The effects of acute and repeated nicotine administration on the stress response of rat mesoprefrontal dopaminergic pathways were examined. Rats were given daily injections of nicotine (0.15 or 0.60 mg/kg, s.c., freebase) or saline for 4 days, then challenged with either nicotine or saline. A regimen of inescapable electrical footshocks or no footshocks was then administered. Thirty minutes after final injection, rats were sacrificed, brains removed and dopamine (DA) and its metabolite dihydroxy-O-phenylacetic acid (DOPAC) were extracted from medial prefrontal cortex (mPFC), nucleus accumbens septi (NAS) and dorsolateral striatum and quantified by high performance liquid chromatography with electrochemical detection. Acute administration of low dose nicotine (0.15 mg/kg) produced an increase in DA utilization (increased DOPAC/DA ratio) in mPFC and NAS, but not striatum. High dose nicotine (0.60 mg/kg) produced activation in NAS, but not mPFC or striatum. Repeated low dose nicotine pre-treatment produced tolerance to the effects of nicotine challenge in the mPFC, and reduced its effects in NAS. Footshock stress preferentially increased DA utilization in mPFC and associated footshock stress-induced immobility responses, and these were reduced by low, but not high, dose repeated nicotine pre-treatment. Further, a single dose of the nicotinic acetylcholine receptor (nAChR) antagonist mecamylamine (MCA) 30 min prior to nicotine challenge dose-dependently blocked the reduction of mesoprefrontal DA stress responsivity and immobility responses produced by repeated nicotine pre-treatment. These results indicate that: (1) there are dose-dependent differential effects of acute and repeated nicotine pre-exposure on regional DA utilization; (2) low, but not high, dose repeated nicotine reduces both the mesoprefrontal DA and behavioral effects of acute footshock stress; and (3) these effects of repeated nicotine may depend on mecamylamine-sensitive nAChR stimulation. These results may have relevance to acute stress and nicotine dependence, particularly in schizophrenic disorders, which have high prevalence rates of co-morbid nicotine dependence, stress-induced symptom exacerbation and prefrontal cortical dysfunction.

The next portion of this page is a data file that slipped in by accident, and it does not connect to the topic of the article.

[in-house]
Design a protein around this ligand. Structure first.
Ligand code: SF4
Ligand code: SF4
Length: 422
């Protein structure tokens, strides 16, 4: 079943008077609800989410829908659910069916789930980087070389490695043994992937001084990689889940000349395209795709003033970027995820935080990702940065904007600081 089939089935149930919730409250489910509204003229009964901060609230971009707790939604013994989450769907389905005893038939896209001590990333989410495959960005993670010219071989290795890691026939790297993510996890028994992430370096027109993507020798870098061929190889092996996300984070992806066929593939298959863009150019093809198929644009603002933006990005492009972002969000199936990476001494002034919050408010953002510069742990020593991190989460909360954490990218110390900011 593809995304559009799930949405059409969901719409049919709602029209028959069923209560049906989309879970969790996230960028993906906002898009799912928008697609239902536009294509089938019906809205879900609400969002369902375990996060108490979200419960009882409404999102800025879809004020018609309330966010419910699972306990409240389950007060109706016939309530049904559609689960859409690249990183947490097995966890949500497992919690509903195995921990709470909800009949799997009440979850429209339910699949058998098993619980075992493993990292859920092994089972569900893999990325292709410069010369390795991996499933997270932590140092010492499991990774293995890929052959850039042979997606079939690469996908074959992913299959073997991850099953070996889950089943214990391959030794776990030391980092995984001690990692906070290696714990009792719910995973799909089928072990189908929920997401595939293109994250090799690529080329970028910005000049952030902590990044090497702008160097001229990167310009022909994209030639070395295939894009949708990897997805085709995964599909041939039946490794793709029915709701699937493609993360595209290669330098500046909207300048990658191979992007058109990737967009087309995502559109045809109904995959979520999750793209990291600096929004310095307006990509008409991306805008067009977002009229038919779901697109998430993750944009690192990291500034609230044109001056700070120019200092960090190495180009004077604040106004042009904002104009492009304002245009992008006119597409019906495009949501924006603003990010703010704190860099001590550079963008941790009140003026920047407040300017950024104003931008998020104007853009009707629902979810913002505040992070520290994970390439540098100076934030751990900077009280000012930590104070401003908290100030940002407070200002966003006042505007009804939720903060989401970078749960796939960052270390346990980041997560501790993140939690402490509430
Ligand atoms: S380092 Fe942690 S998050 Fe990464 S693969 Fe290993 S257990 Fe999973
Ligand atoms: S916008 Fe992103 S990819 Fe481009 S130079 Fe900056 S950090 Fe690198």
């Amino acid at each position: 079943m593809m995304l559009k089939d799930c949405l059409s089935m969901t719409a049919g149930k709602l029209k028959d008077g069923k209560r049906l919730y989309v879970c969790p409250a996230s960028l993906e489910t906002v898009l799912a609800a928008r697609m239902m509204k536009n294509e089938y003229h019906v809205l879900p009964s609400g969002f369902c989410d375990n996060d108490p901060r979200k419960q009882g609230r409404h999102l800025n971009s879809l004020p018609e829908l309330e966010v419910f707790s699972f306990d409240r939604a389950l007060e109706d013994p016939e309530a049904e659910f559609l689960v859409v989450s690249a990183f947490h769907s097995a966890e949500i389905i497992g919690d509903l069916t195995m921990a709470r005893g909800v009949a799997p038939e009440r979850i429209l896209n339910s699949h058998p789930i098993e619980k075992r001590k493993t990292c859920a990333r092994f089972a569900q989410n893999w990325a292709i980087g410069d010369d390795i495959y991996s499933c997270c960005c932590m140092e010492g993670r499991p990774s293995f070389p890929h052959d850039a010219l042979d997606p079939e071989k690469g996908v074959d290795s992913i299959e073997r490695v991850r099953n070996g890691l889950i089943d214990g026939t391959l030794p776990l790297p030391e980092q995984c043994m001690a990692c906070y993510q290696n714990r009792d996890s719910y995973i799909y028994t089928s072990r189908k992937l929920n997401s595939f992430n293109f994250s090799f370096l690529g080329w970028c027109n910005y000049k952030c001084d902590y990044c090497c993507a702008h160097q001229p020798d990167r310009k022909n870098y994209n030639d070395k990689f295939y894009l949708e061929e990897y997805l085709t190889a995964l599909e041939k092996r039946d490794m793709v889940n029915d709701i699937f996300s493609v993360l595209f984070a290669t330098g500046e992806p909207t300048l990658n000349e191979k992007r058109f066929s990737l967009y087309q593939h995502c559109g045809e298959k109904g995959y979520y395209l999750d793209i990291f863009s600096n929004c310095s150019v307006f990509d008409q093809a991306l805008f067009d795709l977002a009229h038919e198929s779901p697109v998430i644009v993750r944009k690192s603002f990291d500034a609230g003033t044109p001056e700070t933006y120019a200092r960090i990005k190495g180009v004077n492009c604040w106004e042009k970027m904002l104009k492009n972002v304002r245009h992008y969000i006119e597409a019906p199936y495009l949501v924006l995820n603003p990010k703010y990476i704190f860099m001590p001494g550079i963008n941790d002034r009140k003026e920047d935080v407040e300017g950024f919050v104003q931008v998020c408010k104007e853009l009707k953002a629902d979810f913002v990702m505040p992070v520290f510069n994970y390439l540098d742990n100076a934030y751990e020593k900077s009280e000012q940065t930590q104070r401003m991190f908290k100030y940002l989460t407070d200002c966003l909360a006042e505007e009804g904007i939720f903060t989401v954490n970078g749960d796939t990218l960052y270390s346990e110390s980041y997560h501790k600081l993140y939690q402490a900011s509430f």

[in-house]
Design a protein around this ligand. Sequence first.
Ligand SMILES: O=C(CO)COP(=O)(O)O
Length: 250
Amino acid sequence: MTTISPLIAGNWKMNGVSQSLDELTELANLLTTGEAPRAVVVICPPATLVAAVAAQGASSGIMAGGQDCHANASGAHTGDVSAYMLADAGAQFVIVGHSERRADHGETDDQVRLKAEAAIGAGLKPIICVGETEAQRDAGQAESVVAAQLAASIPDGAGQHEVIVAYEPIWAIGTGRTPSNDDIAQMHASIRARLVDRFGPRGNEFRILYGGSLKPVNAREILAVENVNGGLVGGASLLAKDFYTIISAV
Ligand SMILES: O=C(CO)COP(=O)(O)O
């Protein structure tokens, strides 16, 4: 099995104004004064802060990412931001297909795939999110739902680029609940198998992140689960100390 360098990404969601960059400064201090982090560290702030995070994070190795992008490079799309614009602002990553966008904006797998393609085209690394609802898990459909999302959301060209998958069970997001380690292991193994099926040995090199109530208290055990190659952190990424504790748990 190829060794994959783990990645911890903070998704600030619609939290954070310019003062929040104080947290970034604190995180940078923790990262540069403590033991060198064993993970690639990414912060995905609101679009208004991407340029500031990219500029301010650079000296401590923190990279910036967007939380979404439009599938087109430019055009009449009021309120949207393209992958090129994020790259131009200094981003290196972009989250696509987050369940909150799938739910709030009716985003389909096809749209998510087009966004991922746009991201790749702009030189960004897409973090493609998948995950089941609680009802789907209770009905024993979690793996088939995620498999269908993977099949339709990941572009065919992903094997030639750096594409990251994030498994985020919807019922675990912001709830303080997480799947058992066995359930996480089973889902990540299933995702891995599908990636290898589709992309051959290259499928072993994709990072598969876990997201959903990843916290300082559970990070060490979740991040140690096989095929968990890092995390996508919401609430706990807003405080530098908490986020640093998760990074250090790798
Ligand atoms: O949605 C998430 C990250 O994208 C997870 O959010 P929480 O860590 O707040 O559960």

Copyright 1998 Elsevier Science B.V.